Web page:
In an interview with Portuguese News Agency Lusa in Lisbon ahead of the conference, Portugal’s Foreign Minister Augusto Santos Silva indicated that Portugal expected what he described as “firmest and most absolute solidarity” from all member states of the Community of Portuguese Language Countries (CPLP) over the situation in Cabo Delgado in Mozambique.
Asked about a strengthening of multilateral cooperation under the CPLP, the head of Portuguese diplomacy was more cautious, but noted that there are missions from Portugal and other countries underway as well as from organizations such as the European Union and the Southern African Development Community (SADC), to help with security in Mozambique.
The conference, however, saw some progressive steps. The members signed an Agreement on Mobility and on Economic and Investment Cooperation.
The agreement on mobility establishes a “framework for cooperation” among all member states in a “flexible and variable” manner and, in practice, covers all citizens. Member states are offered range of solutions enabling them to take on “mobility commitments in a progressive manner with differentiated levels of integration”, taking account of their own internal specificities in their political, social and administrative dimensions.
In this context, the “freedom in the choice of the mobility modalities, of the categories of persons covered” as well as of the countries of the community with which they wish to establish partnerships. For two decades, the question on facilitating movement has been discussed consistently among the members without any concrete decision. Strengthening economic cooperation is another thorny question still on the table.
During the conference, Namibia’s President Hage Geingob commended Portuguese-speaking countries for their effort to open up borders to foster economic co-operation and hails Lusophone unity necessary for pursuing their multifaceted ambitions. He said the agreement on mobility among CPLP member states that “is an important step in making sure that our borders remain open to strengthen and promote business and economic relations in times of the pandemic.”
President Geingob added explicitly that, “As observer states, we join hands with CPLP members to strengthen our local, regional and global governance architecture. The values of international cooperation and multilateralism that underpin the CPLP are fundamental for the promotion and strengthening of peace and security and socio-economic development. The equality of all states cannot be over-emphasized, as stipulated in the Charter of the United Nations. Let us, therefore, continue to treasure the unity of our nations, a unity forged in blood and defined by kinship.”
President of the Republic of Cabo Verde, Jorge Carlos de Almeida Fonseca, praised the political and diplomatic coordination in improving the assertion of CPLP countries in the international arena, reiterated its commitment to strengthening solidarity and cooperation aimed at ensuring the economic and social development of the peoples.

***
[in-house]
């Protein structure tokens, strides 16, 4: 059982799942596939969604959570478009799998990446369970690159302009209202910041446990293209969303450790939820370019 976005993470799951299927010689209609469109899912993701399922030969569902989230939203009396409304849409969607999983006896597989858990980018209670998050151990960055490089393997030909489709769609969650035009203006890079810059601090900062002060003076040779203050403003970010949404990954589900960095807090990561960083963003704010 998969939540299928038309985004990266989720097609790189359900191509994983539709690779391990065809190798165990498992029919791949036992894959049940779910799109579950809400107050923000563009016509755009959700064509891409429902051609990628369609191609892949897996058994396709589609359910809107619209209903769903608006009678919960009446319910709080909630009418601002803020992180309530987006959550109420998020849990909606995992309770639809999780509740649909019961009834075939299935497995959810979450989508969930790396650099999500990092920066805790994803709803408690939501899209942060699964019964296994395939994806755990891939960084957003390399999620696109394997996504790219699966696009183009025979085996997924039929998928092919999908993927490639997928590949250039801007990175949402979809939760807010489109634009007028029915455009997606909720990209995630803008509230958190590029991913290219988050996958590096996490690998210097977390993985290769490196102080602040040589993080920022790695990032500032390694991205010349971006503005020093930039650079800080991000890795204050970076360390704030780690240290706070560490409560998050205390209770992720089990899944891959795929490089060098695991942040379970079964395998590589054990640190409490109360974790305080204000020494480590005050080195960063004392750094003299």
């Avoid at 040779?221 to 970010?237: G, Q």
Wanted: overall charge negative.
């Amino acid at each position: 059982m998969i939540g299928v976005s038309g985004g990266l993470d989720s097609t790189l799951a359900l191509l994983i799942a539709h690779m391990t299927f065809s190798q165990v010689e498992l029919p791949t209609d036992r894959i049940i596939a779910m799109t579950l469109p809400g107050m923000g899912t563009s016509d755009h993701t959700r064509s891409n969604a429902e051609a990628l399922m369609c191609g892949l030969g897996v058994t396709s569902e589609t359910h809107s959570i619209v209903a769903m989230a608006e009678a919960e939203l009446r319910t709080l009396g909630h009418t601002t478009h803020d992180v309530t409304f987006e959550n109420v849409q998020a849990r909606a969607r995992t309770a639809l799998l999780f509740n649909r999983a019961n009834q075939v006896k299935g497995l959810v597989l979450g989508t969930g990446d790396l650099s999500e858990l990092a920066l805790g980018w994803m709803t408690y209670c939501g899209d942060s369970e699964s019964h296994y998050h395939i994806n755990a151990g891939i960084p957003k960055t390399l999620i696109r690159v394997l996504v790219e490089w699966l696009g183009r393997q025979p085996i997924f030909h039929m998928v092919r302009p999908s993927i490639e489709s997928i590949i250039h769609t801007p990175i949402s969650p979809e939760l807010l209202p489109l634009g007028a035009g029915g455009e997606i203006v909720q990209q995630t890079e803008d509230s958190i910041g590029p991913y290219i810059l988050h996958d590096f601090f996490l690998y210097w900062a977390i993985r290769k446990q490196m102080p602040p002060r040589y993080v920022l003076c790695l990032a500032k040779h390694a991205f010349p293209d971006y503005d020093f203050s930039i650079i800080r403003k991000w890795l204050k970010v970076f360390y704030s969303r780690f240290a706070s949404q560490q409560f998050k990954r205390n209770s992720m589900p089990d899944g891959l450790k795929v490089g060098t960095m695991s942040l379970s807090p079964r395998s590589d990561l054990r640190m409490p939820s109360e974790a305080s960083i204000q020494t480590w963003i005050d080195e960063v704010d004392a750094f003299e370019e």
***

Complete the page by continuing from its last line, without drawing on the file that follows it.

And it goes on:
In short communique referred to as the “Luanda Declaration” signed by the Heads of State and Government and their representatives at the end of the 13th CPLP Conference, the participants reiterated their commitment to peace and harmony, the rule of law, democracy, human rights and social justice.
The leaders welcomed the choice of the motto “Building and strengthening a common and sustainable future” for the event and pledged to promote political dialogue, exchange of experiences and cooperation, with a view to enhancing the achievements of the CPLP in all areas.
As considered an additional challenge to the fulfillment of the 2030 Agenda and the Sustainable Development Goals within the community, expressed regret at multiple factors hindering this development process. The CPLP reiterated the need to build public policies aimed at creating the necessary infrastructure to democratize access to new technologies, promoting training and education suitable for their use.
The Heads of State and Government decided to increase multilateral action in terms of capacity building, sharing of experiences, networking initiatives and development of partnerships, within the scope of promoting trade and investment aimed to preserve and create decent jobs, income and productive capacity.
They reiterated the importance of progressively integrating economic cooperation into the general objectives of the CPLP, as well as the consolidation of a multilateral community agenda for the sector, with a view to contributing to the economic and social development of the member states.
They adopted the Mobility Agreement between member states, an instrument that aims to effectively, contribute to greater circulation within the community, to increase cooperation relations in all areas and to promote the feeling of belonging to the CPLP.